• After training for the role for eighteen months, Jones didn't pull any punches on set. Not only did she put two stuntmen in hospital with her staff but she also legitimately bit into Chamberlain's ear during their fight scene - not surprisingly, she and Chamberlain didn't get along on set.
  • Dagoth, the monstrous entity who battles Conan for the film's climax, is played by a heavily disguised Andre the Giant. The 7'4" wrestler would appear in person in another fantasy film, The Princess Bride, three years later.

What's not to like?

If anyone thinks that the Razzie voters were unfairly targeting poor d'Abo (she was nominated for Worst Supporting Actress and won Worst Newcomer) then maybe you should watch her performance in this film. She feels completely out of place amid the sweaty machismo and "S&M warrior" costumes and frankly, got on my nerves. She also looks far too young - I know she's supposed to be a virginal princess but she comes across as some misplaced Valley girl. And whilst I'm on the subject, why does this young woman - who is destined to fulfil this quest and complete the prophecy - have no discernible talent whatsoever? In fact, there's even a scene midway through that proves how utterly useless she is. It kinda makes you wonder how she was ever expected to complete such an ordeal.

Such oversights are typical of the plot's progression which never stops to explain exactly how Conan knew that they would be battling wizards or how Jehnna knew which way to go. I don't know whether Conan the Destroyer is based on any of Robert E. Howard's stories but if it is, it seriously puts my desire to read them in jeopardy - the thing feels as steeped in fantasy cliche as a sci-fi fan convention which makes the film feel extremely derivative (even more than the first film) and for long-time fans of the genre, almost insulting in its very generic-ness. There's little to no tension in the film because Conan feels like an indestructible caricature instead of the former slave fighting for vengeance in the first film. Having said all that, this is more enjoyable than the first film which is far too serious for its own good. The humour and banter between the characters might be at odds with the original source material but it makes this film more interesting somehow.

Schwarzenegger's cartoonish physique is once again put to good use here but ultimately, the film feels less focused and more light-hearted than its predecessor.
Schwarzenegger's cartoonish physique is once again put to good use here but ultimately, the film feels less focused and more light-hearted than its predecessor. | Source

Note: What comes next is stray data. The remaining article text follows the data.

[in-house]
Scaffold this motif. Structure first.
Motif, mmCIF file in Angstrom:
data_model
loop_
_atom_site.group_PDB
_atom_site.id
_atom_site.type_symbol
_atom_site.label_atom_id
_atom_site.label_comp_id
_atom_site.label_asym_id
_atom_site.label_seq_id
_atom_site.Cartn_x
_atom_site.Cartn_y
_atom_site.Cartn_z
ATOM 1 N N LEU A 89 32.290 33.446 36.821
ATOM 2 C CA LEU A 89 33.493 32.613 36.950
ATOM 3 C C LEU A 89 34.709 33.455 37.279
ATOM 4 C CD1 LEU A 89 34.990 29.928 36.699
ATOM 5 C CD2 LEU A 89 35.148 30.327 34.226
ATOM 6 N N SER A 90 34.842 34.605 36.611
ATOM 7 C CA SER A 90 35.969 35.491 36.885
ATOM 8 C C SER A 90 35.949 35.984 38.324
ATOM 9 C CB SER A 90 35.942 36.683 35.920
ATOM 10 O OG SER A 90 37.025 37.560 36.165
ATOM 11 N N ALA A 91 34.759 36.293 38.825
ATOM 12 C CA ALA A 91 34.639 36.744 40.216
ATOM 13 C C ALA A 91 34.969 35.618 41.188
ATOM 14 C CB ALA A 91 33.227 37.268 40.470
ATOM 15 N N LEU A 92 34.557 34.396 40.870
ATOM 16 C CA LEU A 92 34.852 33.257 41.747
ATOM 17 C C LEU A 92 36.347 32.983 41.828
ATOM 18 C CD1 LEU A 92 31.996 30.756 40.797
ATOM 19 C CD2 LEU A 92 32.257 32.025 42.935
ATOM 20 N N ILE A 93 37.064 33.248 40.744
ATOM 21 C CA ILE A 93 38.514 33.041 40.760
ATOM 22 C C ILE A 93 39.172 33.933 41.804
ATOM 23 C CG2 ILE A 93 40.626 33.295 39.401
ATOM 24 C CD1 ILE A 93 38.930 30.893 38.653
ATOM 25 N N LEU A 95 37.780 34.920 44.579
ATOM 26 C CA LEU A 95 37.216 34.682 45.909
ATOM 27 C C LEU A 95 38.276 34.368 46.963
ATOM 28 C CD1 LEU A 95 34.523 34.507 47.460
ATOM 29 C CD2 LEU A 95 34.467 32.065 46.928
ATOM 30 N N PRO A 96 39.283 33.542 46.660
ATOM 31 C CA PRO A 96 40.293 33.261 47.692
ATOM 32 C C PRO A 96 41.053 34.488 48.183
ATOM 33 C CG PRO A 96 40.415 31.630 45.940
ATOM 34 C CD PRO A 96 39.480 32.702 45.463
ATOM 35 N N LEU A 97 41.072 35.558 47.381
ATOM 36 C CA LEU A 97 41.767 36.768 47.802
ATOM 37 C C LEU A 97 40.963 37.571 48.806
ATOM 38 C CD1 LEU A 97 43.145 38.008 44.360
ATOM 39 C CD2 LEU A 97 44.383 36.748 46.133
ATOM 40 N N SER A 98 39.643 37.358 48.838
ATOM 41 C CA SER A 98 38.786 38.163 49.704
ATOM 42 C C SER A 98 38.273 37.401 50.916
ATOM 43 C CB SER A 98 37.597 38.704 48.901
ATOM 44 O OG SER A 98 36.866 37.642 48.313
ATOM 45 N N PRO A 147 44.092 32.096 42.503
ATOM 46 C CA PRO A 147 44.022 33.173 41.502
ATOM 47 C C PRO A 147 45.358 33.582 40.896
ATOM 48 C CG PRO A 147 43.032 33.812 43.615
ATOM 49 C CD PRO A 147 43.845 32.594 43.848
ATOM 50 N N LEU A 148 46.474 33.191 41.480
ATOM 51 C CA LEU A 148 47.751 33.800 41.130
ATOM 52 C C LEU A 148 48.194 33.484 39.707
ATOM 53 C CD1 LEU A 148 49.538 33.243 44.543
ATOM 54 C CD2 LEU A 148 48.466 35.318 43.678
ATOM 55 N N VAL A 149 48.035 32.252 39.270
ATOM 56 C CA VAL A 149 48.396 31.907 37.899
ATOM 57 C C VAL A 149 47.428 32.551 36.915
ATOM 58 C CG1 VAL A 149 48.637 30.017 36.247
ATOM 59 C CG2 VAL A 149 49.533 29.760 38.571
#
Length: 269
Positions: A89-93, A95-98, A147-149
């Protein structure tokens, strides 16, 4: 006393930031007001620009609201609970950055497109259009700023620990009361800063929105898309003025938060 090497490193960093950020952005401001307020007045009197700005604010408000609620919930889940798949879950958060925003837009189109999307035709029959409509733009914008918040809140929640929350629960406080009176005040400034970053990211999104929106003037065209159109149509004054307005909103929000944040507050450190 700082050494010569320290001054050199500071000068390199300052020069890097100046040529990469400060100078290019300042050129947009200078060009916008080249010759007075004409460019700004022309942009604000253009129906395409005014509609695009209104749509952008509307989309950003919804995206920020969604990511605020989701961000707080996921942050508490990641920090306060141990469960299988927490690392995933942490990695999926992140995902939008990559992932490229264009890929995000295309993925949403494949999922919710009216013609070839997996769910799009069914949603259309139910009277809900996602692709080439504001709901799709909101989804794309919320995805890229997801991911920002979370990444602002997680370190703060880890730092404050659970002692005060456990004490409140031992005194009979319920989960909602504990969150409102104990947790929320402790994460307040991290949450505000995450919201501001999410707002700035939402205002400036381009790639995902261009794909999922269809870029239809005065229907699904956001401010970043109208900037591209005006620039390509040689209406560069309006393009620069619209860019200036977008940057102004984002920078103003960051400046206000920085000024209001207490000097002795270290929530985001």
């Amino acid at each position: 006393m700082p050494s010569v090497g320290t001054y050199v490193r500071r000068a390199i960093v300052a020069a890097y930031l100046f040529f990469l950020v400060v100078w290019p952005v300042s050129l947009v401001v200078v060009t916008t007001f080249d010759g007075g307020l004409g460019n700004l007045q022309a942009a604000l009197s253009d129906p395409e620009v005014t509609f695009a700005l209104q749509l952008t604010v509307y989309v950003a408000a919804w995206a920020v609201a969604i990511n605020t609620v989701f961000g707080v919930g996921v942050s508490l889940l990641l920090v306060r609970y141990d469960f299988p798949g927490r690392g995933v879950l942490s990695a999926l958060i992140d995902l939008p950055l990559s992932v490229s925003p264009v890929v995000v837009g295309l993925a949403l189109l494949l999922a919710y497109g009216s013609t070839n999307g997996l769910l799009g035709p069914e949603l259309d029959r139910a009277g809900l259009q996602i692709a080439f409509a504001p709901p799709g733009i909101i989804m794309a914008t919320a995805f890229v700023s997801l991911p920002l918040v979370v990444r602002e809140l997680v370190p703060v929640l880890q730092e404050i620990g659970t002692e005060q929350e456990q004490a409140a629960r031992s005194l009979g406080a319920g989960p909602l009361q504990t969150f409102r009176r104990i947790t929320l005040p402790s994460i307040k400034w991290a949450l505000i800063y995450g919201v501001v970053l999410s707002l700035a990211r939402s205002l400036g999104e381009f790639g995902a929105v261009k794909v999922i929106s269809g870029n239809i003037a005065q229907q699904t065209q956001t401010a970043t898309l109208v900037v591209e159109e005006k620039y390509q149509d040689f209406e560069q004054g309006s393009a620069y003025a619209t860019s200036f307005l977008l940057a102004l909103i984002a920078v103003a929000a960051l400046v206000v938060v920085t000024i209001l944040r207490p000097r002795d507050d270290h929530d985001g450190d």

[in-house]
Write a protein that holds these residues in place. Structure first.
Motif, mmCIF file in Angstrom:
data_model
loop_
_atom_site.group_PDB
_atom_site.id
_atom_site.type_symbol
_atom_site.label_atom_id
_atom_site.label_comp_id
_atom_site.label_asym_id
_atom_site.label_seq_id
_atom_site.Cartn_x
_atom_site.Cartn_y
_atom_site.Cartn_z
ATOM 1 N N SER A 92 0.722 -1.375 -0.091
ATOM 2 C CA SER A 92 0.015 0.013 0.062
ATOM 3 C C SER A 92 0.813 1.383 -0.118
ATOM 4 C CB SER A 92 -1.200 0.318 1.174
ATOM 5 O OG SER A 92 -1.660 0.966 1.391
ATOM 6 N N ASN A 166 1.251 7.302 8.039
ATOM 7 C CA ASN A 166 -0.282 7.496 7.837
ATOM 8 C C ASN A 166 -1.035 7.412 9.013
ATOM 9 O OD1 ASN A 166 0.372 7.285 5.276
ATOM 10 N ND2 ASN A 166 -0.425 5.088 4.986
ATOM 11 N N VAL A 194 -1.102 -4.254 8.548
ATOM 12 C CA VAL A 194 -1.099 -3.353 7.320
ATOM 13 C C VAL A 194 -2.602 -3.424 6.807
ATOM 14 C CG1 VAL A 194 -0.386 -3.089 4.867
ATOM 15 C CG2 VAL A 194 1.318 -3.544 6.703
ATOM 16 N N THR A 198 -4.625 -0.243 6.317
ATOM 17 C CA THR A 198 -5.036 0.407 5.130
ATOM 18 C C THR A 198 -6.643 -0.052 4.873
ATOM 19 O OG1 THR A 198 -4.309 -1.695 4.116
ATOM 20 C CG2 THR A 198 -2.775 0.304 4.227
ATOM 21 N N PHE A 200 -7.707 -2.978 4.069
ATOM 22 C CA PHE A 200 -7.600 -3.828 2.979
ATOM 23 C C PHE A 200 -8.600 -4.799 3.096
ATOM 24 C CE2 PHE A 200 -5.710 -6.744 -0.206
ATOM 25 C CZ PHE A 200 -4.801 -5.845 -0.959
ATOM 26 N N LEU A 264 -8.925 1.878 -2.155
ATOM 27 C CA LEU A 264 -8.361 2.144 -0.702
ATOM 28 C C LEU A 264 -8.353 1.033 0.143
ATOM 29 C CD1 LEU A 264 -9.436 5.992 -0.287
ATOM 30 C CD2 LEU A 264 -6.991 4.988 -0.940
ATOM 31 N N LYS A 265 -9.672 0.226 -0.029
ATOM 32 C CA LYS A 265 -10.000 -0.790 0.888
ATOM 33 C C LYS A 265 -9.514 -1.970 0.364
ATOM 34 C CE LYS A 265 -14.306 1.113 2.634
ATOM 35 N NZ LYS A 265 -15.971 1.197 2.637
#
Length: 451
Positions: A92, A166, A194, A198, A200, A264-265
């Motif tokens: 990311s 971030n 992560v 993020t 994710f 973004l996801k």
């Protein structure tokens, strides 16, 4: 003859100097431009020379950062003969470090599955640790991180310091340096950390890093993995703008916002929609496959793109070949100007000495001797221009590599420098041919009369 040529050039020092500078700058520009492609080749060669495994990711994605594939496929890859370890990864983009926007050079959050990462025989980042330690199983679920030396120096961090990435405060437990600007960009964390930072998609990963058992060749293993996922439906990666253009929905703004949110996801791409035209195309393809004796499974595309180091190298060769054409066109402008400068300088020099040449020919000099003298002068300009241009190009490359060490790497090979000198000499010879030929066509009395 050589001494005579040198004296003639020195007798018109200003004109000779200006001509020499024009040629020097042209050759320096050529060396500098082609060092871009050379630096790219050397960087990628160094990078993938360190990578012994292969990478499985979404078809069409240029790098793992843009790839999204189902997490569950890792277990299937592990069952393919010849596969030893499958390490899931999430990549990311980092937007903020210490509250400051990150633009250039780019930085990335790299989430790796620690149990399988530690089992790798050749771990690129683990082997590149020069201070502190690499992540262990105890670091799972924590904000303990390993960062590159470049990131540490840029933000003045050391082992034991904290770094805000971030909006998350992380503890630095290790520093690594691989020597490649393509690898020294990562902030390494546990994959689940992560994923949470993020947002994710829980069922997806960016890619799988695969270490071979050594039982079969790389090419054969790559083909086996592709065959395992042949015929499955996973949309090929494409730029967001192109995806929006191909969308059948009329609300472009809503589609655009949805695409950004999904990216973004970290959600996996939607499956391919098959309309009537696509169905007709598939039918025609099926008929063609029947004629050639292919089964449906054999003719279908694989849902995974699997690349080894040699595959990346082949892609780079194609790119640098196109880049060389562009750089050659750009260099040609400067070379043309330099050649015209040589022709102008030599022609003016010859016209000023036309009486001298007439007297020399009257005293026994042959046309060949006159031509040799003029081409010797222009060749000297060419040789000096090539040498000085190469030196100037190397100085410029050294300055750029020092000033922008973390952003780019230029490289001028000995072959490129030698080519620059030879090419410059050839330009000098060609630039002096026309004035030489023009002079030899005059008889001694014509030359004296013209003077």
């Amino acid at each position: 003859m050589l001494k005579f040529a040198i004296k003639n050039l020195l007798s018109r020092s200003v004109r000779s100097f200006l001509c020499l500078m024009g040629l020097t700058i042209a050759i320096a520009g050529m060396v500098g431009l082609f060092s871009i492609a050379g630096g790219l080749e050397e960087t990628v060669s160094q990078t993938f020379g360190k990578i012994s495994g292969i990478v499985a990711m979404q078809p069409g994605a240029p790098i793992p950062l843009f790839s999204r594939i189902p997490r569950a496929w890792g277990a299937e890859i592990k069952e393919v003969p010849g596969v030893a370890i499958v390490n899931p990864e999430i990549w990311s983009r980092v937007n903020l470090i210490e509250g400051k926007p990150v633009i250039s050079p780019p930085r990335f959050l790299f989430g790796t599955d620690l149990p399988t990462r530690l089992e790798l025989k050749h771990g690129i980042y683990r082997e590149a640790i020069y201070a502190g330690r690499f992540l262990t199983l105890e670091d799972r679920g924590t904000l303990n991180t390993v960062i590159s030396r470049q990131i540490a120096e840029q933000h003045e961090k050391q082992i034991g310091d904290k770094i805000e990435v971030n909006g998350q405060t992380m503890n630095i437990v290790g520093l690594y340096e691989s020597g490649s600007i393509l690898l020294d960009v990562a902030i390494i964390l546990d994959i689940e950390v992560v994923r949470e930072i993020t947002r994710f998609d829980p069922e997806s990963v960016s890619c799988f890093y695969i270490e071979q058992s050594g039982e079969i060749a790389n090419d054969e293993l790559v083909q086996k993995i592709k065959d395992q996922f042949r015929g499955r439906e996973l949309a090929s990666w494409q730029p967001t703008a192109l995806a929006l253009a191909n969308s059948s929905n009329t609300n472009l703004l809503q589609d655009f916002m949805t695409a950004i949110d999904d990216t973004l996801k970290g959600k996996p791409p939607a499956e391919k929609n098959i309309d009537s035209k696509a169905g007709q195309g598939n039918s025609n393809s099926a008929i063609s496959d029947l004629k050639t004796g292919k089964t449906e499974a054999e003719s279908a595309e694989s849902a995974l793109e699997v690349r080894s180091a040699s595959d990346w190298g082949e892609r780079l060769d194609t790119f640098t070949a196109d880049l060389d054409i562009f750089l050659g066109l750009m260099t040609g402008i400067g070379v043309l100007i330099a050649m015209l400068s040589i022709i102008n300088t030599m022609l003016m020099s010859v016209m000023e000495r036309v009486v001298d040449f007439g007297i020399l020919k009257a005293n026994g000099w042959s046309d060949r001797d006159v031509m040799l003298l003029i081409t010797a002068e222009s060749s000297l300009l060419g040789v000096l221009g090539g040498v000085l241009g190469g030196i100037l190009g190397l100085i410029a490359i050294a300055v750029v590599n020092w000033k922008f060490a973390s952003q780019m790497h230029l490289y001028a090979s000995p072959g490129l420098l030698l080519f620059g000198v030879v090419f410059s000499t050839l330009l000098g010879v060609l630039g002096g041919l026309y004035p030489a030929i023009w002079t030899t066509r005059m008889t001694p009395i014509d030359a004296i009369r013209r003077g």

Should I watch it?

While it was unlikely to become a classic example of the genre, Conan the Destroyer is a hard film to dislike. It works hard to match the fierce and bloody violence of the original with a more light-hearted feel that almost pokes fun at the long-established stereotypes of all things swords and sorcery. It isn't as plodding as the original and is more fun despite a poor plot and less interested performances. But compared to a certain trilogy produced by Peter Jackson, this looks low-budget and cliched.

Great For: fans of the first film, anyone who plays "Dungeons & Dragons", Schwarzenegger's relentless surge as Hollywood's best strongman actor

What else should I watch?

The original Conan The Barbarian was one of the early films that helped establish Schwarzenegger as a genuine star, leading to his defining role as the unstoppable cyborg killing machine in James Cameron's The Terminator. From further appearances in films like Predator and The Running Man as well as comedies like Twins, his takeover of Hollywood would become inevitable. Remarkably, he returned to making movies after his time as Governor of California with films like The Last Stand and Escape Plan before becoming a full-time member of The Expendables 3.

Fantasy films were largely perceived by the public-at-large as being nerdy tales featuring impossibly-bulky muscle men and scantily-clad wenches - Conan the Destroyer, in other words. In fact, it wasn't until Peter Jackson delivered his magnificent The Lord Of The Rings trilogy in the early Noughties that interest in fantasy films was revived. Sadly, the three films were so much better than other films of the type that the likes of Eragon, In The Name Of The King and even the 2011 remake of Conan The Barbarian paled into insignificance and were quickly forgotten.

© 2019 Benjamin Cox